On Monday I dropped a term that some of you may have been unfamiliar with: Producer In Name Only.
As it turns out, one of my readers WAS familiar with that term and offered up an assessment even blunter than my usual candor:
I am quite familiar with the reputation of the PINO from first hand experiences, but never realized there was a name for it!
Better know as the parasites who burrow their way into the credits of a project and then use those credits to go get more work (under false pretenses) and they continue to fail upward while sabotaging one project at a time.
The PINO becomes a self fueling cycle of inept undeserved saboteurs running around with over inflated credits.
A lot of PINOs are managers who attach themselves to scripts as producers or
executive producers. Do you know what that means? Not a heck of a lot.
In most of those cases, the person in question pockets a check and gets
included on a lot of email chains, but they have no creative role on the
project at all. Often, they might not even have a voice on the business
side of things either.
You're not dealing with Brian Grazer or J.J.
I'll give you an example of such a PINO. Buffy fans, have you ever
watched the credits on the TV show and seen the "Executive Producer"
credits for Fran Rubel Kuzui and Kaz Kuzui? Do you know what they
contributed to the TV show? Nothing.
"At least two
of the executive producers have never seen the set of Angel. A business
deal signed at the outset of the Buffy film gave them a financial stake
in all things Buffy. They've received credit and sizable checks for the
duration of Buffy and Angel for doing absolutely nothing. (Names
furnished upon request)"
- Dan Kearns, crew member on Angel, wrote in the essay, "Angel by the
Numbers" from Five Seasons of Angel (2004), p25.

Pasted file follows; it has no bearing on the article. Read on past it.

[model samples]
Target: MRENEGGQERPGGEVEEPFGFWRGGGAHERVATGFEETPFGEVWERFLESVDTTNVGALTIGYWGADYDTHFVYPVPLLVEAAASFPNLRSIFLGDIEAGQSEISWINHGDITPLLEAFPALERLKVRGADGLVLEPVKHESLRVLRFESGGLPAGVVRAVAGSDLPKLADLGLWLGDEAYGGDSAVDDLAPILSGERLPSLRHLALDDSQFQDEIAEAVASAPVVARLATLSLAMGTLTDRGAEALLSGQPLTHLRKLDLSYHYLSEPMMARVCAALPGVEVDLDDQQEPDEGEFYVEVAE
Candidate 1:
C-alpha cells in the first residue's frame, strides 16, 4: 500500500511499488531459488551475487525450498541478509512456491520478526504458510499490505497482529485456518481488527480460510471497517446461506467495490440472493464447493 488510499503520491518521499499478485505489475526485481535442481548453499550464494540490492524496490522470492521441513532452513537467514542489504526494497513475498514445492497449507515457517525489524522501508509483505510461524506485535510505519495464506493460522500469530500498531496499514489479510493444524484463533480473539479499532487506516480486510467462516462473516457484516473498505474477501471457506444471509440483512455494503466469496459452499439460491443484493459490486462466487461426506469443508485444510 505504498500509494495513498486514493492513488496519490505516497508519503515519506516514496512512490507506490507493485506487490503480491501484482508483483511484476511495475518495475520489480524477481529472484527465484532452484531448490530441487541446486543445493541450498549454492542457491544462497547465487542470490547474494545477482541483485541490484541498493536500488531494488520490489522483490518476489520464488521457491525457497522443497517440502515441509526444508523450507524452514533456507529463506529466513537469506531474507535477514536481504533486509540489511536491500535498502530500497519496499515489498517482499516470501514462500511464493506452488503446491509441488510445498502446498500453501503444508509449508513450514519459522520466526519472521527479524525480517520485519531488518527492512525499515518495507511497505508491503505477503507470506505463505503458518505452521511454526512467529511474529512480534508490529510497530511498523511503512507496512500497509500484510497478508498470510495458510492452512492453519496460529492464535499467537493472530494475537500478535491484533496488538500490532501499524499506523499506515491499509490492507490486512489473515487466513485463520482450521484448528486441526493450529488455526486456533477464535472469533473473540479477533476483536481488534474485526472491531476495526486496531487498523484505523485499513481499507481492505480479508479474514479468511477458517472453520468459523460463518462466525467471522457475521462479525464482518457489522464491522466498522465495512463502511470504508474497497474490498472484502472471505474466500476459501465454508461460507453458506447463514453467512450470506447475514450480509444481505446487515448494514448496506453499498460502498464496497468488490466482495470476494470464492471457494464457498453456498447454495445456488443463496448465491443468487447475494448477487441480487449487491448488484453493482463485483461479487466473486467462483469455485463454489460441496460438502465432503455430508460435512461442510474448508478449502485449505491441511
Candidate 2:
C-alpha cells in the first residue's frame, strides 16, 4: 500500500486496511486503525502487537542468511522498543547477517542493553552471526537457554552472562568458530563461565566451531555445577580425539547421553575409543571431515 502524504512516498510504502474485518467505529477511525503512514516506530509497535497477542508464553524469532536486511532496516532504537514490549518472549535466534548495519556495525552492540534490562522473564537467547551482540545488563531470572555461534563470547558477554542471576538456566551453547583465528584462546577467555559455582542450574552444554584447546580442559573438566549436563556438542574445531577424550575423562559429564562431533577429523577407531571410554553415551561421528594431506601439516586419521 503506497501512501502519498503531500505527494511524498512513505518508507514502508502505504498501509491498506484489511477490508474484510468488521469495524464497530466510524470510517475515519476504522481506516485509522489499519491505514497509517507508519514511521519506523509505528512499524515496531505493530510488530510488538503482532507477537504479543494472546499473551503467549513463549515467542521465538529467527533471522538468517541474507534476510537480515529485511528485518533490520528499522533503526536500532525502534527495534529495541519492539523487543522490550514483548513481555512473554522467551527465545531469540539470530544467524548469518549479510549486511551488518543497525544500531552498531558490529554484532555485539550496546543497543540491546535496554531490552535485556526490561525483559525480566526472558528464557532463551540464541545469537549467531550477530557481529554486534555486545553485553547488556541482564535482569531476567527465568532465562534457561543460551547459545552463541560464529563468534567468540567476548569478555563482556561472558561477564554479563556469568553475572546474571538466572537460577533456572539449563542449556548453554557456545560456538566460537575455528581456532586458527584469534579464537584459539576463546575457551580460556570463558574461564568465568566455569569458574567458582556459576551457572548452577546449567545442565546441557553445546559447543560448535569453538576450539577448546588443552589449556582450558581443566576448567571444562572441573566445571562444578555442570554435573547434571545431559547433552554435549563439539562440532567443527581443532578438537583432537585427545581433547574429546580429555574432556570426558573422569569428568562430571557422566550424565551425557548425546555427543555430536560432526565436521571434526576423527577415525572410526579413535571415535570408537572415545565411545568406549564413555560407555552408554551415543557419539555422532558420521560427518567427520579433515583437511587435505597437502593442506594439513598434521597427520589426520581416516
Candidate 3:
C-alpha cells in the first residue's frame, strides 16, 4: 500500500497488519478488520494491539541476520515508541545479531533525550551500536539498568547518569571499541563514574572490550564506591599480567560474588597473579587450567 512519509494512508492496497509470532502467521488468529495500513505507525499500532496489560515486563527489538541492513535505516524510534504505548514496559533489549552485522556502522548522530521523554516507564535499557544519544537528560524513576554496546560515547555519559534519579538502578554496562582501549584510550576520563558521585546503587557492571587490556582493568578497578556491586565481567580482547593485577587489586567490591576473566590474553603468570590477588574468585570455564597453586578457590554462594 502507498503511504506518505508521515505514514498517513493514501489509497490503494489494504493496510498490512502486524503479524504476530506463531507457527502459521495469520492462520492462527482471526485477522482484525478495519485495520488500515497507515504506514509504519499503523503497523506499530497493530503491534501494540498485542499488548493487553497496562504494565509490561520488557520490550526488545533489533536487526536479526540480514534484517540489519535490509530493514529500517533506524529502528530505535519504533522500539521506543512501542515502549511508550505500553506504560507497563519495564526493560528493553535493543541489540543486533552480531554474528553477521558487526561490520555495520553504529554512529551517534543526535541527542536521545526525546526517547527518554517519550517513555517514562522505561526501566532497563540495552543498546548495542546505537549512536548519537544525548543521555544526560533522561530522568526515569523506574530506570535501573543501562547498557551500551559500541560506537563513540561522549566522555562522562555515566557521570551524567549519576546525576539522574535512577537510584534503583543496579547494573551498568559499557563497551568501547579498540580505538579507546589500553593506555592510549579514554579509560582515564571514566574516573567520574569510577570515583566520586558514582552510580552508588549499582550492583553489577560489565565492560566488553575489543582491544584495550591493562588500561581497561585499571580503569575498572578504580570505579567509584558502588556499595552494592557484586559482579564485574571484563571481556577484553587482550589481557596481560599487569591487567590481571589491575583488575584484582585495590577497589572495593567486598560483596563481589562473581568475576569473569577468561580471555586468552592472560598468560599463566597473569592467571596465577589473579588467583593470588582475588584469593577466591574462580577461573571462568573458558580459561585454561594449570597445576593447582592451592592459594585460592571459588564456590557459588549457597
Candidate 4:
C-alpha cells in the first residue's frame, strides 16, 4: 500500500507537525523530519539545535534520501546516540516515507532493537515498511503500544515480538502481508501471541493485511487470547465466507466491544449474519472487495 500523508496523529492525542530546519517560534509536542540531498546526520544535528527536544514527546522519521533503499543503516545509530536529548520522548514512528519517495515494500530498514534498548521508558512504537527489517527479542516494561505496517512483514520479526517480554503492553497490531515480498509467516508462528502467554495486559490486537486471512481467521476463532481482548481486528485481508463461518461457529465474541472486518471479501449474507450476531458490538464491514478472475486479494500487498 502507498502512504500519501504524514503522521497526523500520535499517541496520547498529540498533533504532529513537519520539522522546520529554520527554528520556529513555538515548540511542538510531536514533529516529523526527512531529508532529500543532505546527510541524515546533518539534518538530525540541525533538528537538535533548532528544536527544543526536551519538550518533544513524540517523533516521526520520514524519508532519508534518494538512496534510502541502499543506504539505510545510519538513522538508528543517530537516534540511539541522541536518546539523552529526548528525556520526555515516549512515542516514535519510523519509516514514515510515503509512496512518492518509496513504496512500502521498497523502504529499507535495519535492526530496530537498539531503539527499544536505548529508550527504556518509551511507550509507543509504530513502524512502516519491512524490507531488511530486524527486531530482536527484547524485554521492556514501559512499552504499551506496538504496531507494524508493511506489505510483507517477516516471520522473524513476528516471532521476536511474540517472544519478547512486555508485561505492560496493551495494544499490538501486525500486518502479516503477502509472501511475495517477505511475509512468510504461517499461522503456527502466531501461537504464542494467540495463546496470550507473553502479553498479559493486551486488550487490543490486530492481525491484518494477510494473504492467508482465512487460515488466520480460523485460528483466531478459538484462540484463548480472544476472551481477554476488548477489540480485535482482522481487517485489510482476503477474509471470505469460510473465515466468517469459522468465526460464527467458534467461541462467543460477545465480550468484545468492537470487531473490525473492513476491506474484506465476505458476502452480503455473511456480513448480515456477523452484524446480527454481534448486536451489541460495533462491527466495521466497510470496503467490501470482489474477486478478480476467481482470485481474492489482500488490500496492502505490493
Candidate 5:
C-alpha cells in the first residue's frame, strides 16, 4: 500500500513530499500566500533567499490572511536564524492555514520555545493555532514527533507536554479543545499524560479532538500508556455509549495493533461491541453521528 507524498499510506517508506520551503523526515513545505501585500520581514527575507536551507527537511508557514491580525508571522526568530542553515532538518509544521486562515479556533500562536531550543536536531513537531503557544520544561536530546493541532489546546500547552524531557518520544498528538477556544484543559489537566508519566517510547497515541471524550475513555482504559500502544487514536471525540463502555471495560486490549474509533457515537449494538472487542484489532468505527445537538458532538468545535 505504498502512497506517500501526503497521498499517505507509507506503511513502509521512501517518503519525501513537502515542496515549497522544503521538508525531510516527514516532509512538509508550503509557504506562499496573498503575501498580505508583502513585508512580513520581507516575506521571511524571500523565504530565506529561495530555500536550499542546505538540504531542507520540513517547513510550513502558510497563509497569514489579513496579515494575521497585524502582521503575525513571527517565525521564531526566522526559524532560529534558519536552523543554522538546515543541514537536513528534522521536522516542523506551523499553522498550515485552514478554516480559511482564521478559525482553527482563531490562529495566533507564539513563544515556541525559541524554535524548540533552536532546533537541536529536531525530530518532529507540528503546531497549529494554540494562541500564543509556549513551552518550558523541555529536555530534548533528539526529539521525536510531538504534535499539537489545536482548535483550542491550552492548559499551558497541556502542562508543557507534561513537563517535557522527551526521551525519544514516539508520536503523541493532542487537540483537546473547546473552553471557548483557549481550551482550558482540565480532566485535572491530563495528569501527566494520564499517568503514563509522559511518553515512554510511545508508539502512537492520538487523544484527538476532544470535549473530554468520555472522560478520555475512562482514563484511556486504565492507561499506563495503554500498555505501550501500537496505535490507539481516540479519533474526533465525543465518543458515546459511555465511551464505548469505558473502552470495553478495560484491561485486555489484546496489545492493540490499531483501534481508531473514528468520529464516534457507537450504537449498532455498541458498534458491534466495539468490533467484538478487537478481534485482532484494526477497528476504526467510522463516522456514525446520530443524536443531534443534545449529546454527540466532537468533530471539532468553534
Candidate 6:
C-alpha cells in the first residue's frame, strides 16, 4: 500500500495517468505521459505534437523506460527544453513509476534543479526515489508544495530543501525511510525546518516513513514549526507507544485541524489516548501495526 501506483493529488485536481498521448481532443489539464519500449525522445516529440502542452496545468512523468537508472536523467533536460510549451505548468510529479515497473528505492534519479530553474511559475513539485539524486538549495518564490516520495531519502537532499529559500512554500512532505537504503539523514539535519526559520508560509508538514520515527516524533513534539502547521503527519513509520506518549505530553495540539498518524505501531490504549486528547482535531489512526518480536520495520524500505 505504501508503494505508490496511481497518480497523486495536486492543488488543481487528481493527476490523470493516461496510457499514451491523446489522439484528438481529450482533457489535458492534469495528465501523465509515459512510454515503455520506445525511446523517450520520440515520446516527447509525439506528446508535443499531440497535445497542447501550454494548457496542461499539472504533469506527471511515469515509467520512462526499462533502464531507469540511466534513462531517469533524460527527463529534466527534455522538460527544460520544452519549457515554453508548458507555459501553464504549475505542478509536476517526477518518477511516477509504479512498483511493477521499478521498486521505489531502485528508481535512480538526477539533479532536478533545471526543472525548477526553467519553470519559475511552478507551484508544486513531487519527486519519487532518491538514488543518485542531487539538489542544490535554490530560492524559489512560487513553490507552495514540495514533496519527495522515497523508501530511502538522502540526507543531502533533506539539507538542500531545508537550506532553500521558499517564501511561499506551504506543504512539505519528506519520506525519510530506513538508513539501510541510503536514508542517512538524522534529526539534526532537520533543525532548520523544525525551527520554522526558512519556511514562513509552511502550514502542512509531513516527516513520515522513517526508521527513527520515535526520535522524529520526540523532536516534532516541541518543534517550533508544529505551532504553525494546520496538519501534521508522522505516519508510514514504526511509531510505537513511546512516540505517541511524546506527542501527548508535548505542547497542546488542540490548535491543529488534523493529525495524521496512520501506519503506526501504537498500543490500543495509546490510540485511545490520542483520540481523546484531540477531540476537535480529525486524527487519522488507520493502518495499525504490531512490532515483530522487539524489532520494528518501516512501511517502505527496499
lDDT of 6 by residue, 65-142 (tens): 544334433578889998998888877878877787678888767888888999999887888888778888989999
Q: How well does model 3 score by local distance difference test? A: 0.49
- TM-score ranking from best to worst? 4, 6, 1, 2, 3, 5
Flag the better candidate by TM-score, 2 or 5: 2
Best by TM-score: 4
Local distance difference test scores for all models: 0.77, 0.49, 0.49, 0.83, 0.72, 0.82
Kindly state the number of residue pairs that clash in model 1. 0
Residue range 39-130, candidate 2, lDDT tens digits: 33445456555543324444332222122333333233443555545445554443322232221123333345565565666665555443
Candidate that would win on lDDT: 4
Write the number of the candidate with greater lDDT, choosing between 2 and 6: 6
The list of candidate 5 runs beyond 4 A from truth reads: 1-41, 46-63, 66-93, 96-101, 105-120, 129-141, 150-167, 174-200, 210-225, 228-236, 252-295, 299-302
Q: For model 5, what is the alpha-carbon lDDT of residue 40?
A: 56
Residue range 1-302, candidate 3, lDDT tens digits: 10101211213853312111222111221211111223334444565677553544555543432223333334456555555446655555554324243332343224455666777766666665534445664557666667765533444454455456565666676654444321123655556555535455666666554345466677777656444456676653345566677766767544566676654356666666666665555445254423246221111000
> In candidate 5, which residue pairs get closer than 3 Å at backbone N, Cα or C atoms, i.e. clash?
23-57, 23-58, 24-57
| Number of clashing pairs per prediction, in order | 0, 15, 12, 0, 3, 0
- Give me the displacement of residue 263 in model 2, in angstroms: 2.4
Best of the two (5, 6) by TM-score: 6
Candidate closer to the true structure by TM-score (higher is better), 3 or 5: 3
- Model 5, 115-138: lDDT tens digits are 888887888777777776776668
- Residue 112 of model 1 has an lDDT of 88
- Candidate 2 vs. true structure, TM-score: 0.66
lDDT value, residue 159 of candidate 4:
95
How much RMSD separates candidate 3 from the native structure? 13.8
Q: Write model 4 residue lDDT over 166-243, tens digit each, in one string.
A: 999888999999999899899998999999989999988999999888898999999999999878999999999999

A good guide to identifying PINOs is to listen to a writer's commentary and see if there's any "Producer" or "Executive Producer" credit that they snicker at. These crop up often on the Seinfeld DVDs, when Jerry Seinfeld's manager's "Executive Producer" credit pops up. The name "Bernie Brillstein" often provokes this response.
This is a good example of how the title "Producer" is probably the most abused in Hollywood. Not all producers are created equal.
That's why you want to take extra care when attaching a "producer" to your script. Remember the tale of Anthony E. Zuiker, who sold his script to a producer who soon became a hinderance to getting a major studio to sell it.
Sometimes the PINO might just be out for credit and some money. If that's all they're after, you might be lucky. And in fairness, not all PINOs are bad. I had one script where I told a friend of mine to attach themselves as "Executive Producer" if they made use of their favors to get the script in front of someone who might be interested in it. In that case, I believed in the script but I knew that this person could get it in front of people who were inaccessible to me.
With that arrangement, we both would have benefitted from the script getting made. As friends, we were only too happy to help each other. The worst-case scenario for something like this is where you get stuck with a parasite. This is where your writing is doing all the heavy lifting of getting people interested and the PINO is little more than a parasite looking to gloom onto your success.
Beware this arrangement, particularly if after you do the hard work of getting "real" producers attached, they have delusions of being actively involved as a producer. A bad PINO can screw you over by being a pain-in-the-ass that the real creatives get sick of accommodating. Zuiker's story the other day might be a less common one, but stuff like that definitely happens.
You can't always predict how someone attached to your script might try to exploit you. So take care when allowing someone to tie themselves to your success.